i.e. when using the PCM IRQ would it be prudent to use OAMDATA instead of DMA? (Drastically reduces available upload bandwidth, but you could do a reasonable amount of animation maybe?)
Re: What's the fastest rate of repeated IRQ possible?
by on (#207204)
rainwarrior wrote:
A related thought: what happens if you get an IRQ during OAMDMA? Can you get a ~500 cycle delay in this case?
Yup.

This is one of the reason I think a "right" solution is to have a synthesizer directly generate DPCM instead of PCM.
Re: What's the fastest rate of repeated IRQ possible?
by on (#207206)
rainwarrior wrote:
i.e. when using the PCM IRQ would it be prudent to use OAMDATA instead of DMA? (Drastically reduces available upload bandwidth, but you could do a reasonable amount of animation maybe?)

And you have to work around the weird OAM corruption that results from using $2003/$2004.
Re: What's the fastest rate of repeated IRQ possible?
by on (#207207)
I thought as long as you set OAMADDR back to 0 before vblank ends things should be fine? (At least, I've used it before and not seen anything wrong...)

Is there some additional corruption you're talking about?
Re: What's the fastest rate of repeated IRQ possible?
by on (#207208)
I remember being concerned that OAM DMA would ruin the audio, but when I enabled it, it seemed pretty much unnoticeable to me. But that was 10+ years ago on a project where I was excited that it even worked at all (being my first hardware), so it could be a case of rose-tinted glasses (er, earphones?). I'm seriously tempted to revive my old code and find out sometime. I'd expect to hear some kind of combination of a 60hz buzz and aliasing, getting worse as the frequency gets higher.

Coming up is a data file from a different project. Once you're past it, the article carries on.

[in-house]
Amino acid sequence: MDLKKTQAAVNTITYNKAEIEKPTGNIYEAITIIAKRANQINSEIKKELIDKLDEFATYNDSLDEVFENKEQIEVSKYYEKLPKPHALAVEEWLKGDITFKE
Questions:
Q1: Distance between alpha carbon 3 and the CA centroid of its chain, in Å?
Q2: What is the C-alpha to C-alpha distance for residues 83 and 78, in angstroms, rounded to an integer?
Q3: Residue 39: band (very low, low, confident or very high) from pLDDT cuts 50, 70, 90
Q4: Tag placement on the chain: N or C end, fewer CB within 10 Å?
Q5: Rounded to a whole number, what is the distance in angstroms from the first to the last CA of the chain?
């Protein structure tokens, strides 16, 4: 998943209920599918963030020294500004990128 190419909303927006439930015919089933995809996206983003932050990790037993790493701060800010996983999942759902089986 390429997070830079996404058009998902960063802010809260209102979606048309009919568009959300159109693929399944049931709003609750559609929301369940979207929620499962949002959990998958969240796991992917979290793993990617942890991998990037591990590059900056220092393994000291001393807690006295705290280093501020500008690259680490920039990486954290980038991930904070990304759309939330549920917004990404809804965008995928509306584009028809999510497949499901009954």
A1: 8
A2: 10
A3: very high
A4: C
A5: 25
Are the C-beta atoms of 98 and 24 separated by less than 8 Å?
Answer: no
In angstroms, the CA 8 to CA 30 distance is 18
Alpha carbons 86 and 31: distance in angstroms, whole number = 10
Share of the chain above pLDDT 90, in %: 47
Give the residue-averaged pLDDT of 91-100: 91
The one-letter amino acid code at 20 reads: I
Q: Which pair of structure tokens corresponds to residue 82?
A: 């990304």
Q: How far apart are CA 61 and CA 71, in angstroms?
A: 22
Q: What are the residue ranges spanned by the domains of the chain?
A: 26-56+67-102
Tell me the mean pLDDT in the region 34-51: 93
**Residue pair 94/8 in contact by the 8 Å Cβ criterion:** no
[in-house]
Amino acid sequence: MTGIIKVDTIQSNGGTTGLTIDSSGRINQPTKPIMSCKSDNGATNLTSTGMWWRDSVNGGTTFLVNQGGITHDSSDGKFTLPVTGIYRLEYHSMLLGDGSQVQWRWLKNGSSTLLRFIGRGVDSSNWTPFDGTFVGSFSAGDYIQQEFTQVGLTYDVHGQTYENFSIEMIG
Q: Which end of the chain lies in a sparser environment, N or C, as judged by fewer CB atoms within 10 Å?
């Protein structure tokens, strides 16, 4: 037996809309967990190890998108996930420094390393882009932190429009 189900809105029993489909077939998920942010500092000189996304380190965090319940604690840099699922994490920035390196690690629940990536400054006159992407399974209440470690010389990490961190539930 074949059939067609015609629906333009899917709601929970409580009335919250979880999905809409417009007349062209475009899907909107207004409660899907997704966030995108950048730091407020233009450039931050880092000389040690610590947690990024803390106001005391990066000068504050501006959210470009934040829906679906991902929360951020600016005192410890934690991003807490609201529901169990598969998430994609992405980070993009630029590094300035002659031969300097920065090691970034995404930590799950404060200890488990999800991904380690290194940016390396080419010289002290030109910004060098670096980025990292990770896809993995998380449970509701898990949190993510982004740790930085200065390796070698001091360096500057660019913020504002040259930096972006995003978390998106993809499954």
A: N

I wonder how much worse the OAM DMA's effect would be when the NES is doing the synthesis, because those cycles are just gone. In Squeedo's case the PIC runs independently, the NES misses out on a few updates, the audio isn't permanently distorted.
Re: What's the fastest rate of repeated IRQ possible?
by on (#207209)
Memblers wrote:
I wonder how much worse the OAM DMA's effect would be when the NES is doing the synthesis, because those cycles are just gone. In Squeedo's case the PIC runs independently, the NES misses out on a few updates, the audio isn't permanently distorted.

A missing sample that's filled in with the previous value is a lot less of a problem than a complete halt/delay of the stream.
Re: What's the fastest rate of repeated IRQ possible?
by on (#207211)
Pretty easy to simulate that situation, right?

Say we're aiming for 10kHz audio, 180cy per DAC update. OAMDMA would knock out 2 samples every 16ms.

A little bit of trivial perl:
Code:
use Math::Trig;
for ($cy = $sa = 0; $cy < 297805; $cy += 180, $sa++) {
      $newsample = 63.5*(1+sin($sa*pi/5)); # sine wave at exactly sample rate / 10, so 994Hz
      if ($cy*2 % 59561 >= 1028) {
            $oldsample = $newsample;
      }
      print chr($oldsample);
}

yields this sound:
Attachment:
sim.ogg [3.7 KiB]
Downloaded 98 times


Of course, this is roughly the worst possible situation; a sine wave will make this distortion maximally audible.
Re: What's the fastest rate of repeated IRQ possible?
by on (#207216)
Neat, that does have a familiar ring to it. Thinking about the old samples I had recorded, IIRC, 001.WAV and 002.WAV are the only ones recorded while I purposely turned the OAM DMA off (they are sine waves also). Aliasing seems especially noticeable in 007.mp3 (those detuning glitches were in the music driver, I know it sounds awful).